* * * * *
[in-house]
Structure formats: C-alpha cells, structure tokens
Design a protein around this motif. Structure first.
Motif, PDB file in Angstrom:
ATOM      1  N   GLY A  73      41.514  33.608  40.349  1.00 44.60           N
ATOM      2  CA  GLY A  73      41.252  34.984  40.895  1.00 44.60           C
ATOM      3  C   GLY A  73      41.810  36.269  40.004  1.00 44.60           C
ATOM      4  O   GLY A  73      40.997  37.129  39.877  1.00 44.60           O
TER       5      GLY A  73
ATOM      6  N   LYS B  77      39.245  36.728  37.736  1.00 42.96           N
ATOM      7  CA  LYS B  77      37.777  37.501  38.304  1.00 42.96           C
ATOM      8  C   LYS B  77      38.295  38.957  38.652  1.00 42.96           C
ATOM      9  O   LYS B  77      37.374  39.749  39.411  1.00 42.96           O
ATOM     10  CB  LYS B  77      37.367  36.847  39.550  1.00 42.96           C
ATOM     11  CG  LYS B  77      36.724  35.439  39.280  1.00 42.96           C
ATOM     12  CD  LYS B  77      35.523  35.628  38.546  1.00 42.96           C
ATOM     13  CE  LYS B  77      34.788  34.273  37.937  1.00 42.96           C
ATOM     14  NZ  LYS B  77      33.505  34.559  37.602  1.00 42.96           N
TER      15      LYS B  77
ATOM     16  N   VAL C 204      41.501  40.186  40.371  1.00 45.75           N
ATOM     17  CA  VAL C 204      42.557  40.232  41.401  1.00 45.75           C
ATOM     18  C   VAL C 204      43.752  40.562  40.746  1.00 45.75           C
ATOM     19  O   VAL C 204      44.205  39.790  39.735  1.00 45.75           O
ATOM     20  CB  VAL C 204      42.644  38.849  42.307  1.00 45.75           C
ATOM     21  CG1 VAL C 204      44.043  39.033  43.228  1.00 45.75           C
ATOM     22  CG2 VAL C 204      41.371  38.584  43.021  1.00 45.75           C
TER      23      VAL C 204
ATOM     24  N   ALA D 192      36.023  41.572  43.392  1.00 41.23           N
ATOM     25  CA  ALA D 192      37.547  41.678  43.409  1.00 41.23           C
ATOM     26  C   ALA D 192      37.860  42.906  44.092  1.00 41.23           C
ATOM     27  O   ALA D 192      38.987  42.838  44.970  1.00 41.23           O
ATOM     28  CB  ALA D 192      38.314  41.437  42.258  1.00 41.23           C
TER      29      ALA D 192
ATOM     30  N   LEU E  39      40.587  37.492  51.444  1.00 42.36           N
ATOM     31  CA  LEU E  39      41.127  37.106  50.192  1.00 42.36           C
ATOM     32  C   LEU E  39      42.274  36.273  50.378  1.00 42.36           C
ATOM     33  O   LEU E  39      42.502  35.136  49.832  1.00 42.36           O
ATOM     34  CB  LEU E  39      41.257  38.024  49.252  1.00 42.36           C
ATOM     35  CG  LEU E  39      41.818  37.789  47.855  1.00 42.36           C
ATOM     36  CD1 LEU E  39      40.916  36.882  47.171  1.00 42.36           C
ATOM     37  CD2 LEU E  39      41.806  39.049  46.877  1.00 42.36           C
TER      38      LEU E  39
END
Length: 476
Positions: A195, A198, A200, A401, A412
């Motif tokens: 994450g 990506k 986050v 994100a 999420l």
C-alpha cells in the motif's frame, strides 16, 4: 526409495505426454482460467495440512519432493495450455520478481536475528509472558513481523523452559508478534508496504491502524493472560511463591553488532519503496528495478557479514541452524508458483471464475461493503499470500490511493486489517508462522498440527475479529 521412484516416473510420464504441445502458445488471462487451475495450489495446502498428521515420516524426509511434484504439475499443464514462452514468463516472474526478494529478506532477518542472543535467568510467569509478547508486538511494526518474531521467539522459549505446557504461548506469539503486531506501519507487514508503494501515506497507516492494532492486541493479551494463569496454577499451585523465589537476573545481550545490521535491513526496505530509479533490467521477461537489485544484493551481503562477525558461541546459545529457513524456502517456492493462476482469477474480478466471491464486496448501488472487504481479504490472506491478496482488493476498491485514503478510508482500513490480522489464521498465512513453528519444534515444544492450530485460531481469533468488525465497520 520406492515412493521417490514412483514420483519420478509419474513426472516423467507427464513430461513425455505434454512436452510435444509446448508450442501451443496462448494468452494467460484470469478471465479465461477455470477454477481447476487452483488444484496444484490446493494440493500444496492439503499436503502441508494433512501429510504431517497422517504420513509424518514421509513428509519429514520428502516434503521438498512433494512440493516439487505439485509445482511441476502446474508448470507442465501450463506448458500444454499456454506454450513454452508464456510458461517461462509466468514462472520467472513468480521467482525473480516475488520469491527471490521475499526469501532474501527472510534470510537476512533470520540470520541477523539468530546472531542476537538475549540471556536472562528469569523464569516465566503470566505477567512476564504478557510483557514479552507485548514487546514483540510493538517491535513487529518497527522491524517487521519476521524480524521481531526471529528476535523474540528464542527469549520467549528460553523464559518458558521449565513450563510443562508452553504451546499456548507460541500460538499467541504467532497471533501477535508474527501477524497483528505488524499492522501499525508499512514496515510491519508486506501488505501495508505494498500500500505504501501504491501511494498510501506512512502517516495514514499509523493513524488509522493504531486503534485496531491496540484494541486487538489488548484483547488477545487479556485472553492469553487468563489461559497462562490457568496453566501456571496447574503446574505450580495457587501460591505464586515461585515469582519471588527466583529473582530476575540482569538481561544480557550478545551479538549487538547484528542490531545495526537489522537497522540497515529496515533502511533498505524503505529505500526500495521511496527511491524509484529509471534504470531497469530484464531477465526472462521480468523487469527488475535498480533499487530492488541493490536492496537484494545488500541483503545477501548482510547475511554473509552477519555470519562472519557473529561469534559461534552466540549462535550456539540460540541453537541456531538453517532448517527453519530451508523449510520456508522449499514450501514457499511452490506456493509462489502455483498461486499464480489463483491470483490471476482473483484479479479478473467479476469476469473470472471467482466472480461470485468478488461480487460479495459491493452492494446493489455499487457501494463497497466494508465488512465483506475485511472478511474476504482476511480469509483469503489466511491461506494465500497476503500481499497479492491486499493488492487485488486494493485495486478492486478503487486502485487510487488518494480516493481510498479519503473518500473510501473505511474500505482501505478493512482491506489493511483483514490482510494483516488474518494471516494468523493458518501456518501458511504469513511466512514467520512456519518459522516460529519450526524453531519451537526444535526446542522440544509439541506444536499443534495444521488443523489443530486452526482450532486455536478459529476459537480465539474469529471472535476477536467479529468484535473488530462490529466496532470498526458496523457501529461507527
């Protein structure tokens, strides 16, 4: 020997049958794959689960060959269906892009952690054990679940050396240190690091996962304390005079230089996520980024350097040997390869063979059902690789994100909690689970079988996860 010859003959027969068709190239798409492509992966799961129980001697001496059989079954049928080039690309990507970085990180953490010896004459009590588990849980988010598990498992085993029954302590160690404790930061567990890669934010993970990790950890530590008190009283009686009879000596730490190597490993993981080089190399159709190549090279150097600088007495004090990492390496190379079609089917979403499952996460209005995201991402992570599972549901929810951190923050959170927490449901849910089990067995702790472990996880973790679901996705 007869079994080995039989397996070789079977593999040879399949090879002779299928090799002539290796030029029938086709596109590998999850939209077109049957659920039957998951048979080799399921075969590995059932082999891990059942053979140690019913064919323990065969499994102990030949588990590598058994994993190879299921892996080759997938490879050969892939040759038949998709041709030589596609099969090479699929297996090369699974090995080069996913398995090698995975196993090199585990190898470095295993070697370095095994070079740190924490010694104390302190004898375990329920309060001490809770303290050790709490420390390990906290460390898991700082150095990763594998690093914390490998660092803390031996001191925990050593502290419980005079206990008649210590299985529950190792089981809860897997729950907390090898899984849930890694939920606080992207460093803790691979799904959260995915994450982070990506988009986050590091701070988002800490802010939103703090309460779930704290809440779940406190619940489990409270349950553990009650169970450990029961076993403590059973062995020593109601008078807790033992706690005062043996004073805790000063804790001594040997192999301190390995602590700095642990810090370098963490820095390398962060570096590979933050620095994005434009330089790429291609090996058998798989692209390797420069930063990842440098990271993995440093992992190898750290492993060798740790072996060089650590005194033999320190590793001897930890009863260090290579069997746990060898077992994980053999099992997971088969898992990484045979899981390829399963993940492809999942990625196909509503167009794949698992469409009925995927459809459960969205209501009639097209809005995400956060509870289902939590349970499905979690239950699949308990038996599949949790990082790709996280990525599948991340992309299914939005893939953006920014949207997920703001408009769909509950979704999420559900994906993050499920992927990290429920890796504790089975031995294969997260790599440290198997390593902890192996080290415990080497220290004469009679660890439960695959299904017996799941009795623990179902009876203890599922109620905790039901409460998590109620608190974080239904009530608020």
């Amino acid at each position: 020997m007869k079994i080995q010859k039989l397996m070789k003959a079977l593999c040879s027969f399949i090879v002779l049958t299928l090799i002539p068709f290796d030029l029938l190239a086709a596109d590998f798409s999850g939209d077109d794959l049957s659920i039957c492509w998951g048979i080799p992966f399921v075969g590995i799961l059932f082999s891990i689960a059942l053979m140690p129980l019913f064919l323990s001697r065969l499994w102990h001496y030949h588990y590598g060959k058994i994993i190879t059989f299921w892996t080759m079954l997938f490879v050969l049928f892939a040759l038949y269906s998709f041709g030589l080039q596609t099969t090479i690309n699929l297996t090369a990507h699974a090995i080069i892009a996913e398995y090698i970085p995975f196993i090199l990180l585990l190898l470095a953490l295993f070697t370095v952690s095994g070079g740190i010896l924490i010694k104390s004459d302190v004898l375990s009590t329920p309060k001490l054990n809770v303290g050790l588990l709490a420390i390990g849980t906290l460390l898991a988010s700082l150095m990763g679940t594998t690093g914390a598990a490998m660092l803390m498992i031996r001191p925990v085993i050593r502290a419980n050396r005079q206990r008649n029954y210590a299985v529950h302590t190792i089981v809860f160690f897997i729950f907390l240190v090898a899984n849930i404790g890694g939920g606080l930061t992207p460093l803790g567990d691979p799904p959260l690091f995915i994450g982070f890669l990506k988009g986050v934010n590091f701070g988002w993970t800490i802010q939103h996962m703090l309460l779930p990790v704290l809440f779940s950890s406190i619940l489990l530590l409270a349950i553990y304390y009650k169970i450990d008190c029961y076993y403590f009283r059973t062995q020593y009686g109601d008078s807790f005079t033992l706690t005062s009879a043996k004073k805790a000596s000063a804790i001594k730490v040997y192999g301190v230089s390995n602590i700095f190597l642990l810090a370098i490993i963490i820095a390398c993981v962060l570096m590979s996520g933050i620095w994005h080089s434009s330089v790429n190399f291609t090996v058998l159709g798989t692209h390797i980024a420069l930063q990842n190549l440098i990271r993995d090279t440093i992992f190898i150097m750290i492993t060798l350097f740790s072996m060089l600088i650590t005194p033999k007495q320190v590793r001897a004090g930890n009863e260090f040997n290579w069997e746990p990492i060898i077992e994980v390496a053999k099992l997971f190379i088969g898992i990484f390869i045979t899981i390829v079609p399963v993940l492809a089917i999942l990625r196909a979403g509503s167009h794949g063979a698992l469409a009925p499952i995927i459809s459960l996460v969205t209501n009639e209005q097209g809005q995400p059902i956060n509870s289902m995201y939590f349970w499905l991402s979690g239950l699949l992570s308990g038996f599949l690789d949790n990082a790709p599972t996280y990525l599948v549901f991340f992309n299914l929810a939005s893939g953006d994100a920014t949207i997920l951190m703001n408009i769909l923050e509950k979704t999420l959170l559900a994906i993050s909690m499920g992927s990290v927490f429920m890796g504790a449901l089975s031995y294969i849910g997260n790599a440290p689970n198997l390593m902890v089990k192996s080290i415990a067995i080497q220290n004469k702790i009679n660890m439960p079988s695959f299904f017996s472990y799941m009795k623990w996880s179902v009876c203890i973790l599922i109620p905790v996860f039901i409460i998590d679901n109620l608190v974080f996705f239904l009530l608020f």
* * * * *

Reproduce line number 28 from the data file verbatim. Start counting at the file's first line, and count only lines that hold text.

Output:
ATOM     24  N   ALA D 192      36.023  41.572  43.392  1.00 41.23           N